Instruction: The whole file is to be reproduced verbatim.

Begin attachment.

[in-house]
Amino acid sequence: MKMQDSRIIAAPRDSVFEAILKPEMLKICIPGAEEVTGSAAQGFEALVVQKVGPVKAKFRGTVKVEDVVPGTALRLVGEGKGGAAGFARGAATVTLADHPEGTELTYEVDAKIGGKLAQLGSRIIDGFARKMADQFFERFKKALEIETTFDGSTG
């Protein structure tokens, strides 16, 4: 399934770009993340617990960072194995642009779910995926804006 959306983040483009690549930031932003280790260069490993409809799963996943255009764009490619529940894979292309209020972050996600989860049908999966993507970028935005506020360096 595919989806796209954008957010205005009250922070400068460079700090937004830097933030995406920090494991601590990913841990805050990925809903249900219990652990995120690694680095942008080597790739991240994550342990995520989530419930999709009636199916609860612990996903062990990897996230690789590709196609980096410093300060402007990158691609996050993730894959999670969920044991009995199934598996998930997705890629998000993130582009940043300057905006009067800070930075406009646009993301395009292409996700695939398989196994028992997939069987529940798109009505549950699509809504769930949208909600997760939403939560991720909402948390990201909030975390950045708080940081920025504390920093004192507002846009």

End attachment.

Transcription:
[in-house]
Amino acid sequence: MKMQDSRIIAAPRDSVFEAILKPEMLKICIPGAEEVTGSAAQGFEALVVQKVGPVKAKFRGTVKVEDVVPGTALRLVGEGKGGAAGFARGAATVTLADHPEGTELTYEVDAKIGGKLAQLGSRIIDGFARKMADQFFERFKKALEIETTFDGSTG
């Protein structure tokens, strides 16, 4: 399934770009993340617990960072194995642009779910995926804006 959306983040483009690549930031932003280790260069490993409809799963996943255009764009490619529940894979292309209020972050996600989860049908999966993507970028935005506020360096 595919989806796209954008957010205005009250922070400068460079700090937004830097933030995406920090494991601590990913841990805050990925809903249900219990652990995120690694680095942008080597790739991240994550342990995520989530419930999709009636199916609860612990996903062990990897996230690789590709196609980096410093300060402007990158691609996050993730894959999670969920044991009995199934598996998930997705890629998000993130582009940043300057905006009067800070930075406009646009993301395009292409996700695939398989196994028992997939069987529940798109009505549950699509809504769930949208909600997760939403939560991720909402948390990201909030975390950045708080940081920025504390920093004192507002846009």